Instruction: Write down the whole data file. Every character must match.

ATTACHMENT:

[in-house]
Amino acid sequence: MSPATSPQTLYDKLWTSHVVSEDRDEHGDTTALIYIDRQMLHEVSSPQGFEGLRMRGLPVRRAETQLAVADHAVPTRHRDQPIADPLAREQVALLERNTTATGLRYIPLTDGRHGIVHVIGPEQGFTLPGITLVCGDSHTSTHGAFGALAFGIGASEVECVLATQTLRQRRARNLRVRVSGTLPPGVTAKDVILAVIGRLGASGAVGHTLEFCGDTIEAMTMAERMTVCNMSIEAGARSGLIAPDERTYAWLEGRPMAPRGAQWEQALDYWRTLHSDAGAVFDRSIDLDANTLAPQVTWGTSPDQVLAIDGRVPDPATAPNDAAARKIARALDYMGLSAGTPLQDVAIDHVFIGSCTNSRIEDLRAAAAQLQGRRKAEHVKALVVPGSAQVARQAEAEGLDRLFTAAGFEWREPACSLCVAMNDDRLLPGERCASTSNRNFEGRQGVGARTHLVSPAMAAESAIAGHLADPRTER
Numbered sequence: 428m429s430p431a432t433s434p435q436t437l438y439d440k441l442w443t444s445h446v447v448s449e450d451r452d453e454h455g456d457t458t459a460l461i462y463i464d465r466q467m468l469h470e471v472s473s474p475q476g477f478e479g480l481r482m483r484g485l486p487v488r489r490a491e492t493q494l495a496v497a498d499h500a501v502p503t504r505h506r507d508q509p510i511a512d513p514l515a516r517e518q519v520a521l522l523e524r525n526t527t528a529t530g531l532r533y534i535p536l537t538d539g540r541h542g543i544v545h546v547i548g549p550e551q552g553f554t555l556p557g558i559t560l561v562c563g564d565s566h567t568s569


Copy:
[in-house]
Amino acid sequence: MSPATSPQTLYDKLWTSHVVSEDRDEHGDTTALIYIDRQMLHEVSSPQGFEGLRMRGLPVRRAETQLAVADHAVPTRHRDQPIADPLAREQVALLERNTTATGLRYIPLTDGRHGIVHVIGPEQGFTLPGITLVCGDSHTSTHGAFGALAFGIGASEVECVLATQTLRQRRARNLRVRVSGTLPPGVTAKDVILAVIGRLGASGAVGHTLEFCGDTIEAMTMAERMTVCNMSIEAGARSGLIAPDERTYAWLEGRPMAPRGAQWEQALDYWRTLHSDAGAVFDRSIDLDANTLAPQVTWGTSPDQVLAIDGRVPDPATAPNDAAARKIARALDYMGLSAGTPLQDVAIDHVFIGSCTNSRIEDLRAAAAQLQGRRKAEHVKALVVPGSAQVARQAEAEGLDRLFTAAGFEWREPACSLCVAMNDDRLLPGERCASTSNRNFEGRQGVGARTHLVSPAMAAESAIAGHLADPRTER
Numbered sequence: 428m429s430p431a432t433s434p435q436t437l438y439d440k441l442w443t444s445h446v447v448s449e450d451r452d453e454h455g456d457t458t459a460l461i462y463i464d465r466q467m468l469h470e471v472s473s474p475q476g477f478e479g480l481r482m483r484g485l486p487v488r489r490a491e492t493q494l495a496v497a498d499h500a501v502p503t504r505h506r507d508q509p510i511a512d513p514l515a516r517e518q519v520a521l522l523e524r525n526t527t528a529t530g531l532r533y534i535p536l537t538d539g540r541h542g543i544v545h546v547i548g549p550e551q552g553f554t555l556p557g558i559t560l561v562c563g564d565s566h567t568s569